We continue to innovate in high performance, reliable, fault-tolerant, and cheap data-driven WAN designs, for connectivity from the data center edge to the Internet, providing support from L3 connectivity to various cloud-level products. We aim to build solutions that are reliable and can provide seamless connectivity to GCP customers, regardless of users’ location.

Featured publications

Andromeda: Performance, Isolation, and Velocity at Scale in Cloud Network Virtualization
Mike Dalton
David Schultz
Ahsan Arefin
Alex Docauer
Anshuman Gupta
Brian Matthew Fahs
Dima Rubinstein
Enrique Cauich Zermeno
Erik Rubow
Jake Adriaens
Jesse L Alpert
Jing Ai
Jon Olson
Kevin P. DeCabooter
Nan Hua
Nathan Lewis
Nikhil Kasinadhuni
Riccardo Crepaldi
Srinivas Krishnan
Subbaiah Venkata
Yossi Richter
Amin Vahdat
15th USENIX Symposium on Networked Systems Design and Implementation, NSDI 2018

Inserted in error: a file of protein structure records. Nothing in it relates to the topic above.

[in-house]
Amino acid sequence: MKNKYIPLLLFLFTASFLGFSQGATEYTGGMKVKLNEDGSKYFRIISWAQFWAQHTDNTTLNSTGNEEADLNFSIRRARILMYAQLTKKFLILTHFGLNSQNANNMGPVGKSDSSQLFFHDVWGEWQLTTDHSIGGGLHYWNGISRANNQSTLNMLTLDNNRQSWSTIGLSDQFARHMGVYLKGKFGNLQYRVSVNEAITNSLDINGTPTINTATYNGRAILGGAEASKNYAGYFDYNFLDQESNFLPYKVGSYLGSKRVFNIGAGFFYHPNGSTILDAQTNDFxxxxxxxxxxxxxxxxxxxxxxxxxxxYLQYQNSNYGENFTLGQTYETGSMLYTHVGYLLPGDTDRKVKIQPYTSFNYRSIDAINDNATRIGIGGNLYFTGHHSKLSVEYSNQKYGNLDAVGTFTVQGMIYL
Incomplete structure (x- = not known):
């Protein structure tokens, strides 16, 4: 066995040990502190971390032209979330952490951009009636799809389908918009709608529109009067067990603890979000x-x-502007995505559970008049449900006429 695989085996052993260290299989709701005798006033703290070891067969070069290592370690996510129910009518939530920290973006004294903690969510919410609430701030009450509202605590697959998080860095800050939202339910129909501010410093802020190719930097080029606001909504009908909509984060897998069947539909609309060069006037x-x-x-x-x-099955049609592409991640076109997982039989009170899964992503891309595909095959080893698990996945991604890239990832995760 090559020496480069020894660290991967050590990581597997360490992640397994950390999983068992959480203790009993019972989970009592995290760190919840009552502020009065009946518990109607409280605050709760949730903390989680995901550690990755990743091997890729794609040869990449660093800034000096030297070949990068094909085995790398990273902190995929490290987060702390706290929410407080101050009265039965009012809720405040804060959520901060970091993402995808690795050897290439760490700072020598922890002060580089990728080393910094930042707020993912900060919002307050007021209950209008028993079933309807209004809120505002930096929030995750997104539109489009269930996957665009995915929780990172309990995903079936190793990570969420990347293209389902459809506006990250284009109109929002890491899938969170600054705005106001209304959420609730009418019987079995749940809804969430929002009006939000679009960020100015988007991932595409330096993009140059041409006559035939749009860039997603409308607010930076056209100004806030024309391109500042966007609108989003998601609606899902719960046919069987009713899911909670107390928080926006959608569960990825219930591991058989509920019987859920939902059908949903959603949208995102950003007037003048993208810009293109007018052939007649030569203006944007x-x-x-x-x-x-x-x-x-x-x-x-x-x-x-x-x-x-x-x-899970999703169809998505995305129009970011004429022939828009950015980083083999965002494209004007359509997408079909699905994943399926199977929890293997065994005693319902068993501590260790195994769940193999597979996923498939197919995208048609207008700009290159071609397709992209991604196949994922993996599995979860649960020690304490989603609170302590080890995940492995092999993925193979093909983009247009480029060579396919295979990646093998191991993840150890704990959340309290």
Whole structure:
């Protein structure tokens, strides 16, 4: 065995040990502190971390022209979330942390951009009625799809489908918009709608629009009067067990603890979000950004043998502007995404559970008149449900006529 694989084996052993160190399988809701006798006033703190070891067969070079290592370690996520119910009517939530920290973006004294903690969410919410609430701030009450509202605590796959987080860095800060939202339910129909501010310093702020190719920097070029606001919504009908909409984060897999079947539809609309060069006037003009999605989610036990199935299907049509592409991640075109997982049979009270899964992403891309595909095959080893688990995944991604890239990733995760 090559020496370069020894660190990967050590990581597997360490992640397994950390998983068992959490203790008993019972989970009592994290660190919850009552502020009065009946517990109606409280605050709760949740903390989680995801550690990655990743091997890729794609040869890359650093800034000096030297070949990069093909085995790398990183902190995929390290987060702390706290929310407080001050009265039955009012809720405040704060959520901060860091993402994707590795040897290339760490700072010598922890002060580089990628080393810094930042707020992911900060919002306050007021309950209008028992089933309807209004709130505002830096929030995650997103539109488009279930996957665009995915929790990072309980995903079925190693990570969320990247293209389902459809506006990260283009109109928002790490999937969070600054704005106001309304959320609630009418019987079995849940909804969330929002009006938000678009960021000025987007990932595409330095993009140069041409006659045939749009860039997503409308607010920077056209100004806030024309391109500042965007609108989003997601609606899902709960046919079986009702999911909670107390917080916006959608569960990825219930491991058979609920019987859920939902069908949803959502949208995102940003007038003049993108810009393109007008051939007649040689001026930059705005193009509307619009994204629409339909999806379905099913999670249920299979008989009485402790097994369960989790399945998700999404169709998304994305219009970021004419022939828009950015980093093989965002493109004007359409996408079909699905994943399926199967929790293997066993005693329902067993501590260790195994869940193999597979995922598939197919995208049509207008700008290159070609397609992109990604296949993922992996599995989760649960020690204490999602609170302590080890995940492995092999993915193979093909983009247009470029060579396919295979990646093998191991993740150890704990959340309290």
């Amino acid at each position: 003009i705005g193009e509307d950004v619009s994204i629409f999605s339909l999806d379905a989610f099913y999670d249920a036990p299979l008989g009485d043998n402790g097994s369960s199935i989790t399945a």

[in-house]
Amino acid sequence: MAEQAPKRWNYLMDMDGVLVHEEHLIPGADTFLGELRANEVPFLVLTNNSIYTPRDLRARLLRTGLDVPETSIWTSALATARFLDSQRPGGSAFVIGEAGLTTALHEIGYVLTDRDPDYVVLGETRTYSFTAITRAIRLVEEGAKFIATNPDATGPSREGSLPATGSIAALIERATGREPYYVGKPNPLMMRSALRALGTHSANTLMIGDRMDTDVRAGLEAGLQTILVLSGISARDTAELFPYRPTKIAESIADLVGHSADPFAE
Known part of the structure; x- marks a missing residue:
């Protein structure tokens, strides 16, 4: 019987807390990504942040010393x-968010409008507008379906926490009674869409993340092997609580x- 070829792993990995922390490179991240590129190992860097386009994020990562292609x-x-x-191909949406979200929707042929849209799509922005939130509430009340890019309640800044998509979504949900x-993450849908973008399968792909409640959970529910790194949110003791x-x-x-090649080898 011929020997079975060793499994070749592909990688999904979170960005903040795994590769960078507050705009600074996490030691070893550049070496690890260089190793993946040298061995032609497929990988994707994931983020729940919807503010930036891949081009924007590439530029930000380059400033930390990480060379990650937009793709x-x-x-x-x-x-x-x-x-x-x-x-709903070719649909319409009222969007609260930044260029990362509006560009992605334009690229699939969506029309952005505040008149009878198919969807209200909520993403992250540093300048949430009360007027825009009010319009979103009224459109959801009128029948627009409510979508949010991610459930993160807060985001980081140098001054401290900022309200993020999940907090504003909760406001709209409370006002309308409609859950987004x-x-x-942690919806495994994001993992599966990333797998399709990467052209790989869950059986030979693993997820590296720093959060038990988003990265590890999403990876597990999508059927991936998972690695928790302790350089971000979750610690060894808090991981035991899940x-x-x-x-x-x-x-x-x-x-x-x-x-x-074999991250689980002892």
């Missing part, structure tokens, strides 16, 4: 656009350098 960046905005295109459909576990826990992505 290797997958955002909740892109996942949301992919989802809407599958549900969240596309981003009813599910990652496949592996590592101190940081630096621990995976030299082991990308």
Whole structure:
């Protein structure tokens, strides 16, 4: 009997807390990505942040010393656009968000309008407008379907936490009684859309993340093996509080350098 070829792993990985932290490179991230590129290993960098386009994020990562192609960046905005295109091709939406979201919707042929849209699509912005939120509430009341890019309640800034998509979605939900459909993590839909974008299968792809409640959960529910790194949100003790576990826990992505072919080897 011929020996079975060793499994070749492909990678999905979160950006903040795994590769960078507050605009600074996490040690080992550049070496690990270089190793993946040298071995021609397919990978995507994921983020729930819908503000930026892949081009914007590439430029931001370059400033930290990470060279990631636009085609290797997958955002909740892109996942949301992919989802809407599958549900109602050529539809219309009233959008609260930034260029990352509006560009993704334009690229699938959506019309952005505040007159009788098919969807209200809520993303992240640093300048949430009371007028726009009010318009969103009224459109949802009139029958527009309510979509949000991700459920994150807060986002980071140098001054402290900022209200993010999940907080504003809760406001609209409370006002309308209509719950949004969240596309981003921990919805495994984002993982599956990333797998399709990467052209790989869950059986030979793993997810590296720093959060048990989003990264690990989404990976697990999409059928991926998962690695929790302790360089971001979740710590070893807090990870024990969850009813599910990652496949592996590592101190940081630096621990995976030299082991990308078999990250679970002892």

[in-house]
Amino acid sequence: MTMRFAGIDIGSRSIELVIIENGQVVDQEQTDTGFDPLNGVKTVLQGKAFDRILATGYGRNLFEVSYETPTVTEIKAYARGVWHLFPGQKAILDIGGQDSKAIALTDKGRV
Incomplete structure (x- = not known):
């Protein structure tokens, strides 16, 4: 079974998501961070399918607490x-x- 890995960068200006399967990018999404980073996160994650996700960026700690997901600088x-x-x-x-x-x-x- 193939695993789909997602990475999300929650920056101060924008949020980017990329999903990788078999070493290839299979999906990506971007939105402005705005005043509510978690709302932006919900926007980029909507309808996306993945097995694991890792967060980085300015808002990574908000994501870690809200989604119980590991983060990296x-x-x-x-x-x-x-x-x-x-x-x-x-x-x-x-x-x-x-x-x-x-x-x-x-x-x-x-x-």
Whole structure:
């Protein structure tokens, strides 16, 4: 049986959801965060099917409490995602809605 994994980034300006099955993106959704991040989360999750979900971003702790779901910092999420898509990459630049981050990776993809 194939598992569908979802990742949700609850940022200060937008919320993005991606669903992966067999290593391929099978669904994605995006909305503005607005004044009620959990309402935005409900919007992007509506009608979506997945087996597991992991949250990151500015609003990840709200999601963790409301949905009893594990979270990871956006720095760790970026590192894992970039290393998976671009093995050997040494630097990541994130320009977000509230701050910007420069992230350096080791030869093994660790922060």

Preview abstract This paper presents our design and experience with Andromeda, Google Cloud Platform’s network virtualization stack. Our production deployment poses several challenging requirements, including performance isolation among customer virtual networks, scalability, rapid provisioning of large numbers of virtual hosts, bandwidth and latency largely indistinguishable from the underlying hardware, and high feature velocity combined with high availability. Andromeda is designed around a flexible hierarchy of flow processing paths. Flows are mapped to a programming path dynamically based on feature and performance requirements. We introduce the Hoverboard programming model, which uses gateways for the long tail of low bandwidth flows, and enables the control plane to program network connectivity for tens of thousands of VMs in seconds. The on-host dataplane is based around a high-performance OS bypass software packet processing path. CPU-intensive per packet operations with higher latency targets are executed on coprocessor threads. This architecture allows Andromeda to decouple feature growth from fast path performance, as many features can be implemented solely on the coprocessor path. We demonstrate that the Andromeda datapath achieves performance that is competitive with hardware while maintaining the flexibility and velocity of a software-based architecture. View details